Imagine how many sleepless nights Leonardo da Vinci would have had as an undergrad, pacing the hallways of his Florence dorm trying to decide whether he should stick to a painting major or switch to an engineering program.
With universities offering between 250 and 300 program choices, it is completely understandable that students at some point question their original direction. There are so many paths to choose from, that even Robert Frost would backtrack and change directions. The good news is that switching college majors is nothing like switching horses in midstream. A recent survey even found that 60 percent of undergrad students change their major at least one time before graduating.
My undergraduate, “two roads diverged in a yellow wood" moment came my junior year when I had to decide between two unique class opportunities that shared the same time slot. If I took an advanced conflict resolution seminar, I would be continuing down my original set path of a degree in political science. If I chose to take a writing workshop, I knew I was officially changing directions and solidifying my path in creative writing. I chose the latter, and in my mind, that made all the difference.
Switching majors is common and entirely doable; however, there are a number of questions that you should ask yourself before proceeding down that road.
Perhaps you find yourself checking out everything in the library on 18th century Russian literature while your statistics textbooks remain in shrink-wrap on your desk. Or maybe you find that you read the entire international business section of the newspaper every day before you ever think about chemistry. These are all signs that your academic interests may have changed.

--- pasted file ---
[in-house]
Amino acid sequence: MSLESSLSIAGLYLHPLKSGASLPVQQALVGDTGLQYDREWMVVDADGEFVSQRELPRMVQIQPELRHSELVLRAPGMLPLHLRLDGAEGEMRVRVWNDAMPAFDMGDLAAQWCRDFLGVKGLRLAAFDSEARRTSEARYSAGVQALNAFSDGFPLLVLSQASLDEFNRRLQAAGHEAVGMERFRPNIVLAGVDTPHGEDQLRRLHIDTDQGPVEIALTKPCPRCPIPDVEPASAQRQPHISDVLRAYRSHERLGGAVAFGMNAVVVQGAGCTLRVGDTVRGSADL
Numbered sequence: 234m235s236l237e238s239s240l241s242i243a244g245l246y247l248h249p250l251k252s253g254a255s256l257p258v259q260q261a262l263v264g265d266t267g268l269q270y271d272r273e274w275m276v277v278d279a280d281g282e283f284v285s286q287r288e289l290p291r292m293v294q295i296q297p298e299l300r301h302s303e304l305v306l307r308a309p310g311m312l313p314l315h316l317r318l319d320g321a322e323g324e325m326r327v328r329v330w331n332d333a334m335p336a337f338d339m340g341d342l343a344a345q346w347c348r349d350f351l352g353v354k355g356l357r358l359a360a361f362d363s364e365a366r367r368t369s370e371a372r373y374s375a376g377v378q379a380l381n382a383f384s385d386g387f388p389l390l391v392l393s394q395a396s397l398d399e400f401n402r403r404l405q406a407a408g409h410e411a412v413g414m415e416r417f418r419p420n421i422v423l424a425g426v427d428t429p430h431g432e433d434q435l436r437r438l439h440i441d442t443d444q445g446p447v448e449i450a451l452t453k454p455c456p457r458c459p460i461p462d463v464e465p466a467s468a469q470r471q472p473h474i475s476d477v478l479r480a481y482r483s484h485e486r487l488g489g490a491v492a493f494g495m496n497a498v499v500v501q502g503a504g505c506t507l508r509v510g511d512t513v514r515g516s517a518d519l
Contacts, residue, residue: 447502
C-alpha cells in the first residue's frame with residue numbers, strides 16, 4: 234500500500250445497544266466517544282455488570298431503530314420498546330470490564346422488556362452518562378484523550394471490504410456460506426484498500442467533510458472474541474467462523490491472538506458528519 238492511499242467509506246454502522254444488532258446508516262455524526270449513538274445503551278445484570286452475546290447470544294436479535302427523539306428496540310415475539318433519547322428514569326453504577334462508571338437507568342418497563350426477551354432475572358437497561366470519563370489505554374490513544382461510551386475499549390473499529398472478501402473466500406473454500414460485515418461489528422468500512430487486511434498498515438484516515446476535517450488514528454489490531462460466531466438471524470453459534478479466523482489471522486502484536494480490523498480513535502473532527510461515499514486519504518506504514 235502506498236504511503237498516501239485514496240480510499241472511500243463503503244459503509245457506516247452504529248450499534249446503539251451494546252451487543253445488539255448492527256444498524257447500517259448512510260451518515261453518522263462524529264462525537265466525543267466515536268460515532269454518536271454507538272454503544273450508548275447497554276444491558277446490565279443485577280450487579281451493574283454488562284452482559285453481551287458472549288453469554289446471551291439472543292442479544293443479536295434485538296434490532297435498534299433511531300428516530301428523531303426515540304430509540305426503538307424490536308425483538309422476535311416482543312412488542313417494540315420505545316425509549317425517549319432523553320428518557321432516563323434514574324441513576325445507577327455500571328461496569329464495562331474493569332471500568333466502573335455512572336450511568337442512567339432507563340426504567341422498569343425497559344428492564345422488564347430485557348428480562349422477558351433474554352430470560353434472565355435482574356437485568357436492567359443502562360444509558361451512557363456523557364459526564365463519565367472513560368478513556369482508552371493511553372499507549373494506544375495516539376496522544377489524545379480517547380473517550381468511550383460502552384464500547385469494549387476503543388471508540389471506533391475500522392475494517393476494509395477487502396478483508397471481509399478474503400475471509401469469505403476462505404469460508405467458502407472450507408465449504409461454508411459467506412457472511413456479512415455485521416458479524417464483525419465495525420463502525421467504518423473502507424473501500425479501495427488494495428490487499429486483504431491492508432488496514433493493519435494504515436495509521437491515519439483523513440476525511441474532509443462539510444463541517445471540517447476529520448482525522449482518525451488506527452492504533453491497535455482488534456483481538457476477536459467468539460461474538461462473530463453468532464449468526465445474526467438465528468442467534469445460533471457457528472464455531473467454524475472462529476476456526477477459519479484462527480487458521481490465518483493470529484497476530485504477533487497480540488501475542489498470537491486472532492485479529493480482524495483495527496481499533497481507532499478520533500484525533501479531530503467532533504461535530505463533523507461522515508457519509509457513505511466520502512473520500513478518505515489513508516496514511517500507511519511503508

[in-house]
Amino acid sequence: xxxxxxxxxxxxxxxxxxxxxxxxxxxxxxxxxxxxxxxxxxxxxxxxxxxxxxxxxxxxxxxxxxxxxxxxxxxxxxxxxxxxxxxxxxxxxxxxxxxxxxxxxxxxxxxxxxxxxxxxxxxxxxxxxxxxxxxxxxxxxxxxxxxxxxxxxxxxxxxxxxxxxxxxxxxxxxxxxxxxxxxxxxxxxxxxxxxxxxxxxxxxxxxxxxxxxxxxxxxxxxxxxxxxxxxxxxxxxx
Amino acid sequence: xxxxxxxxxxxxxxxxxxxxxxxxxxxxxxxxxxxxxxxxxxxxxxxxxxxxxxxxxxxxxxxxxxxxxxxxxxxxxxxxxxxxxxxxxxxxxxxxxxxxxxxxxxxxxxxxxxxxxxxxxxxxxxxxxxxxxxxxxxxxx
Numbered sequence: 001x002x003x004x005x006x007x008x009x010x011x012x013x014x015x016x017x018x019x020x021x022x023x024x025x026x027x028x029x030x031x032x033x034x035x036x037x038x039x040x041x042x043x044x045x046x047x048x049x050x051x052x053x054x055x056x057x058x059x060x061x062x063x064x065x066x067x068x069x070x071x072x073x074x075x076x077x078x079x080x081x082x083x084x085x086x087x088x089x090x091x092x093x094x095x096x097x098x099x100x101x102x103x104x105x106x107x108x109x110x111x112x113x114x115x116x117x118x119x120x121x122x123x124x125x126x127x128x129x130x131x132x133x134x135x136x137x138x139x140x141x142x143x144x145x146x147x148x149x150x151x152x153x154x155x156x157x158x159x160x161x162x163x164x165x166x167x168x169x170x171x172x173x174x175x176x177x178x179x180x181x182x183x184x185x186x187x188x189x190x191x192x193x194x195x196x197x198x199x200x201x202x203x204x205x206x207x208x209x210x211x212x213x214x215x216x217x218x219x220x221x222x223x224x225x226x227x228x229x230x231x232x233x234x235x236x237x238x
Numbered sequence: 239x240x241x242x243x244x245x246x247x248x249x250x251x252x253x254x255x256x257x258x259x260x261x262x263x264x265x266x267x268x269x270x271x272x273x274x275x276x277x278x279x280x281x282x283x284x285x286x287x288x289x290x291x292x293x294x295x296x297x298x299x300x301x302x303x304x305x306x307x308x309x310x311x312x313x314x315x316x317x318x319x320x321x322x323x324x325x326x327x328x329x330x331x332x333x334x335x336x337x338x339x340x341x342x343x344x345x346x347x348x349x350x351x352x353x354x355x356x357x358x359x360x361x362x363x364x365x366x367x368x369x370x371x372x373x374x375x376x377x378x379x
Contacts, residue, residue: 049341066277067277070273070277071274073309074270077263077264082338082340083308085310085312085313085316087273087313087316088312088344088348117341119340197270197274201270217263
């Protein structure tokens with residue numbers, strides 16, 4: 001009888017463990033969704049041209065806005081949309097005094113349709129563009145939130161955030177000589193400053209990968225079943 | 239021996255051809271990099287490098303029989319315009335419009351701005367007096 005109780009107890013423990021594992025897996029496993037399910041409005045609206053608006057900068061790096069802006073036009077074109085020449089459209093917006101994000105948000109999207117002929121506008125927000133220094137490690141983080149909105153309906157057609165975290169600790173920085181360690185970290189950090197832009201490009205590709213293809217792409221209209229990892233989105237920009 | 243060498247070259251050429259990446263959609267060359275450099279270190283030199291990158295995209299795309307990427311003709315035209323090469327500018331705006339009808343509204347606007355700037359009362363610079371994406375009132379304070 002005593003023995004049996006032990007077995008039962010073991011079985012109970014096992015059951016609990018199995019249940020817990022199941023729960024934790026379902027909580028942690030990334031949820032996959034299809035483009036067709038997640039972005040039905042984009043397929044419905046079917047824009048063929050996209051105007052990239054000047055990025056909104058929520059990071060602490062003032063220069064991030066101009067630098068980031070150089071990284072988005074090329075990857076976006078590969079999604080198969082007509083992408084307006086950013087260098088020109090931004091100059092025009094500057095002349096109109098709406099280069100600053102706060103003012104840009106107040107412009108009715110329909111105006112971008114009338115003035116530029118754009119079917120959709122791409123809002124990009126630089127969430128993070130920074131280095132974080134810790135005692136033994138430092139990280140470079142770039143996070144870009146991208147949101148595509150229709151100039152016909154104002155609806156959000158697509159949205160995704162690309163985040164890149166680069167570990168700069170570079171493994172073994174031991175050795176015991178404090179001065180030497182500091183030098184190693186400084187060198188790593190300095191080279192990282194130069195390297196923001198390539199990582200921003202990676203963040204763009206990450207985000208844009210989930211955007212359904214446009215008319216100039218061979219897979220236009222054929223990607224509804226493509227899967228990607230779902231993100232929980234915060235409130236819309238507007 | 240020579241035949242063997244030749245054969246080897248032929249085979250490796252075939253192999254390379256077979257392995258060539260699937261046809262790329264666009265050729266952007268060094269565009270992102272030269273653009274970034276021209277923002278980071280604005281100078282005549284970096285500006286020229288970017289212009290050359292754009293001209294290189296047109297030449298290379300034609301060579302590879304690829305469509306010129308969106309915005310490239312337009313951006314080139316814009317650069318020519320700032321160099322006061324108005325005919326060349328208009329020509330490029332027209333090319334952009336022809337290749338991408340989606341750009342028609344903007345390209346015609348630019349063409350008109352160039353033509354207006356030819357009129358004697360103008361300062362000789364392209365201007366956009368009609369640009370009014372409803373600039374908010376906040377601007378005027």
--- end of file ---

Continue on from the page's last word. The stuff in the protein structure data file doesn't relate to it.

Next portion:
Following your intellectual heart is a good reason to change majors. However, you have to ask yourself whether you are just dabbling in an intellectual curiosity, or whether this is a path that will help you get closer to an ultimate goal.
Researching the percentage of graduates in your major that get hired immediately following graduation or salary projections in a particular field are important things to think about. However, if these headlines are driving your decision then you may be switching for the wrong reason. By chasing numbers and statistics, you may just be setting yourself up to be in the same indecisive boat further down the road, as you will find that these projections alone will not help you get through your daily coursework.
Just because you are having trouble in chemistry does not mean you need to abandon your dream of doing cancer research. Changing majors is not a Band-Aid to place over bad grades in a semester. Remember why you chose the major in the first place, and ask yourself if those original interests have shifted.
There may be financial consequences and a change to your projected graduation date if switching a major requires extra credit hours. There is also a lot of added stress if you find that you cannot build upon your previous major and feel as though you are starting over. Determine if changing your major is necessary in order to get to your ultimate goal, or whether minoring or taking a few classes in your new found passion will accomplish the same.
Your academic advisor will outline your path to graduation with your new major and also make you aware of the paperwork you need to do to initiate the switch. You should also set up an appointment to speak with a faculty member in the new major of interest. They will give you a deeper understanding of your academic path and the kinds of classes that are offered.
Telling all of your family and friends does not fully constitute declaring your new major. You may have to submit an application or portfolio, or meet certain academic requirements before you are able to change majors.
Don’t assume that you have changed majors just because you started taking classes in that field. Confirm with the academic office that all paperwork has been processed.
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Driscoll, E. How to Effectively and Efficiently Change Majors. (2012). Retrieved from FOX Business Network
University of Buffalo: Undergraduate Academic Advising. (2014). Retrieved from Undergraduate Academic Advising